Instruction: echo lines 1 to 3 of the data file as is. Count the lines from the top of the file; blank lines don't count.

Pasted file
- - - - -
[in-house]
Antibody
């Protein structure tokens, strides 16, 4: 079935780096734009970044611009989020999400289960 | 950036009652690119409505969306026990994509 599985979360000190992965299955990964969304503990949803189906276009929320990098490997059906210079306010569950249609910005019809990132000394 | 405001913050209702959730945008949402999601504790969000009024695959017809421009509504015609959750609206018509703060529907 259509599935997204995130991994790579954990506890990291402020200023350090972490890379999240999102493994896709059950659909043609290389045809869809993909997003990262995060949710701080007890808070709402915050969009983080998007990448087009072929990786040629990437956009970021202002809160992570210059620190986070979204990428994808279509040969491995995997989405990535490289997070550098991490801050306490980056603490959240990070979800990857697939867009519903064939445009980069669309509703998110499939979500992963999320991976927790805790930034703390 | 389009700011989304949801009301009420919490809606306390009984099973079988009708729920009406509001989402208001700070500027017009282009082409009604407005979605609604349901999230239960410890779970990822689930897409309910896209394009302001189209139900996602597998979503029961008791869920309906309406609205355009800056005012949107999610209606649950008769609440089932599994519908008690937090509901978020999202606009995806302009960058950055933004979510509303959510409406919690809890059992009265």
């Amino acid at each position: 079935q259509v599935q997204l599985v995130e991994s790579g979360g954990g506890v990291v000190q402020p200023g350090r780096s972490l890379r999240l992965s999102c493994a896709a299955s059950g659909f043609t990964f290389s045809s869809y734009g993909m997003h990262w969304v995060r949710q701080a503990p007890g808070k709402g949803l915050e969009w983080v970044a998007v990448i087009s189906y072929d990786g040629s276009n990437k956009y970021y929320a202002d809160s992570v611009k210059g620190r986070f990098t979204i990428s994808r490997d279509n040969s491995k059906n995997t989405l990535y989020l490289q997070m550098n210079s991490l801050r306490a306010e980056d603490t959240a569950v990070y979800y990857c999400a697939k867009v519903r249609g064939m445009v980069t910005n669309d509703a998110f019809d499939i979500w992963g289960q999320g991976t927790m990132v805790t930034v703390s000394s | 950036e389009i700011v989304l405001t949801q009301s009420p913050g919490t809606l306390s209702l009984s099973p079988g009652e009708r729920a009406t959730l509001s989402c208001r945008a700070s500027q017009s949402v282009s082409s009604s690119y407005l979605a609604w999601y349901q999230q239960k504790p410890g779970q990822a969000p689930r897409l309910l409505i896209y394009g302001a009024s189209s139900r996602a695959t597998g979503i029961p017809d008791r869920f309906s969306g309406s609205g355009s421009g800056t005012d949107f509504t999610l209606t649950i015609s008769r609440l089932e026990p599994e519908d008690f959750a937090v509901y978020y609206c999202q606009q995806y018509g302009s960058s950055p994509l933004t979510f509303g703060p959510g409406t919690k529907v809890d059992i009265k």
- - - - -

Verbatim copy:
[in-house]
Antibody
């Protein structure tokens, strides 16, 4: 079935780096734009970044611009989020999400289960 | 950036009652690119409505969306026990994509 599985979360000190992965299955990964969304503990949803189906276009929320990098490997059906210079306010569950249609910005019809990132000394 | 405001913050209702959730945008949402999601504790969000009024695959017809421009509504015609959750609206018509703060529907 259509599935997204995130991994790579954990506890990291402020200023350090972490890379999240999102493994896709059950659909043609290389045809869809993909997003990262995060949710701080007890808070709402915050969009983080998007990448087009072929990786040629990437956009970021202002809160992570210059620190986070979204990428994808279509040969491995995997989405990535490289997070550098991490801050306490980056603490959240990070979800990857697939867009519903064939445009980069669309509703998110499939979500992963999320991976927790805790930034703390 | 389009700011989304949801009301009420919490809606306390009984099973079988009708729920009406509001989402208001700070500027017009282009082409009604407005979605609604349901999230239960410890779970990822689930897409309910896209394009302001189209139900996602597998979503029961008791869920309906309406609205355009800056005012949107999610209606649950008769609440089932599994519908008690937090509901978020999202606009995806302009960058950055933004979510509303959510409406919690809890059992009265």